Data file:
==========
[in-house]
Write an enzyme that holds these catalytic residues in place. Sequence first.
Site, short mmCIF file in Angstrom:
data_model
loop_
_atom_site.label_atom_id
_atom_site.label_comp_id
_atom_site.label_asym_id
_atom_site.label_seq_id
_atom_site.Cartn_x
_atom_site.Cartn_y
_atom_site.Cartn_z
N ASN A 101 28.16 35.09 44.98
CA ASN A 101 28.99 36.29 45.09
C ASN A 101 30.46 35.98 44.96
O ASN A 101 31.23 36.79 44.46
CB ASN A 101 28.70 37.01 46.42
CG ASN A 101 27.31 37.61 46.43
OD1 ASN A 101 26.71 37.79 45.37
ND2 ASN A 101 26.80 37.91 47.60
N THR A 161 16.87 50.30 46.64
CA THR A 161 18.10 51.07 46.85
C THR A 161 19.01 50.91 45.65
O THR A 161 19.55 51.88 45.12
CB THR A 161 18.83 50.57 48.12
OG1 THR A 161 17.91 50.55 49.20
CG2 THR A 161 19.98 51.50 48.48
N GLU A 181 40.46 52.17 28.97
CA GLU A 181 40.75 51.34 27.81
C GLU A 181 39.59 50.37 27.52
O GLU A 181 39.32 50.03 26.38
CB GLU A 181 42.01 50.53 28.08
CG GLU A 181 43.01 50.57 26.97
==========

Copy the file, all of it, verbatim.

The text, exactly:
[in-house]
Write an enzyme that holds these catalytic residues in place. Sequence first.
Site, short mmCIF file in Angstrom:
data_model
loop_
_atom_site.label_atom_id
_atom_site.label_comp_id
_atom_site.label_asym_id
_atom_site.label_seq_id
_atom_site.Cartn_x
_atom_site.Cartn_y
_atom_site.Cartn_z
N ASN A 101 28.16 35.09 44.98
CA ASN A 101 28.99 36.29 45.09
C ASN A 101 30.46 35.98 44.96
O ASN A 101 31.23 36.79 44.46
CB ASN A 101 28.70 37.01 46.42
CG ASN A 101 27.31 37.61 46.43
OD1 ASN A 101 26.71 37.79 45.37
ND2 ASN A 101 26.80 37.91 47.60
N THR A 161 16.87 50.30 46.64
CA THR A 161 18.10 51.07 46.85
C THR A 161 19.01 50.91 45.65
O THR A 161 19.55 51.88 45.12
CB THR A 161 18.83 50.57 48.12
OG1 THR A 161 17.91 50.55 49.20
CG2 THR A 161 19.98 51.50 48.48
N GLU A 181 40.46 52.17 28.97
CA GLU A 181 40.75 51.34 27.81
C GLU A 181 39.59 50.37 27.52
O GLU A 181 39.32 50.03 26.38
CB GLU A 181 42.01 50.53 28.08
CG GLU A 181 43.01 50.57 26.97